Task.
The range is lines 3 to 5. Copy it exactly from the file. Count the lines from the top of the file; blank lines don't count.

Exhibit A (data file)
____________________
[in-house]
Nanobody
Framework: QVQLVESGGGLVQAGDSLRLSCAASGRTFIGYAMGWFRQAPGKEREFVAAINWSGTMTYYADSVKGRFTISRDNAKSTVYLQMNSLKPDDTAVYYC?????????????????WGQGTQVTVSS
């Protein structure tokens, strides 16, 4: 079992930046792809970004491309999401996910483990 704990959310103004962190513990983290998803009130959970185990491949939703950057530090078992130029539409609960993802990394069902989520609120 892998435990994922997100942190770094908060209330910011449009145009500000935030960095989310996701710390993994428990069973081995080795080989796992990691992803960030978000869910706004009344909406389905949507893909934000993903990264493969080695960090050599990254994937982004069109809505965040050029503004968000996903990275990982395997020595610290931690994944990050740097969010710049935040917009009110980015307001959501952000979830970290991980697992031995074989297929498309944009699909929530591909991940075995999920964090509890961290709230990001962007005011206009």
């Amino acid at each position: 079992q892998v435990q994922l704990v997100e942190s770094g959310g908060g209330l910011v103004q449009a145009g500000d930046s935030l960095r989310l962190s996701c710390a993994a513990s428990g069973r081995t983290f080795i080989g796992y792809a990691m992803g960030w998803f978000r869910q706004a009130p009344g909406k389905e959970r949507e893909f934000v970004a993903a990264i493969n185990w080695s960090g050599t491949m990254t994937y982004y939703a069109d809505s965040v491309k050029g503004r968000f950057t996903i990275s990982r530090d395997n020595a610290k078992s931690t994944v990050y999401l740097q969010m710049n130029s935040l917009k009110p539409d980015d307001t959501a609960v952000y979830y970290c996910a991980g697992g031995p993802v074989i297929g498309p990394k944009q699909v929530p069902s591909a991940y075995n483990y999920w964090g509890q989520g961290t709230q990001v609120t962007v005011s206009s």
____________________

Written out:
Framework: QVQLVESGGGLVQAGDSLRLSCAASGRTFIGYAMGWFRQAPGKEREFVAAINWSGTMTYYADSVKGRFTISRDNAKSTVYLQMNSLKPDDTAVYYC?????????????????WGQGTQVTVSS
């Protein structure tokens, strides 16, 4: 079992930046792809970004491309999401996910483990 704990959310103004962190513990983290998803009130959970185990491949939703950057530090078992130029539409609960993802990394069902989520609120 892998435990994922997100942190770094908060209330910011449009145009500000935030960095989310996701710390993994428990069973081995080795080989796992990691992803960030978000869910706004009344909406389905949507893909934000993903990264493969080695960090050599990254994937982004069109809505965040050029503004968000996903990275990982395997020595610290931690994944990050740097969010710049935040917009009110980015307001959501952000979830970290991980697992031995074989297929498309944009699909929530591909991940075995999920964090509890961290709230990001962007005011206009």
């Amino acid at each position: 079992q892998v435990q994922l704990v997100e942190s770094g959310g908060g209330l910011v103004q449009a145009g500000d930046s935030l960095r989310l962190s996701c710390a993994a513990s428990g069973r081995t983290f080795i080989g796992y792809a990691m992803g960030w998803f978000r869910q706004a009130p009344g909406k389905e959970r949507e893909f934000v970004a993903a990264i493969n185990w080695s960090g050599t491949m990254t994937y982004y939703a069109d809505s965040v491309k050029g503004r968000f950057t996903i990275s990982r530090d395997n020595a610290k078992s931690t994944v990050y999401l740097q969010m710049n130029s935040l917009k009110p539409d980015d307001t959501a609960v952000y979830y970290c996910a991980g697992g031995p993802v074989i297929g498309p990394k944009q699909v929530p069902s591909a991940y075995n483990y999920w964090g509890q989520g961290t709230q990001v609120t962007v005011s206009s």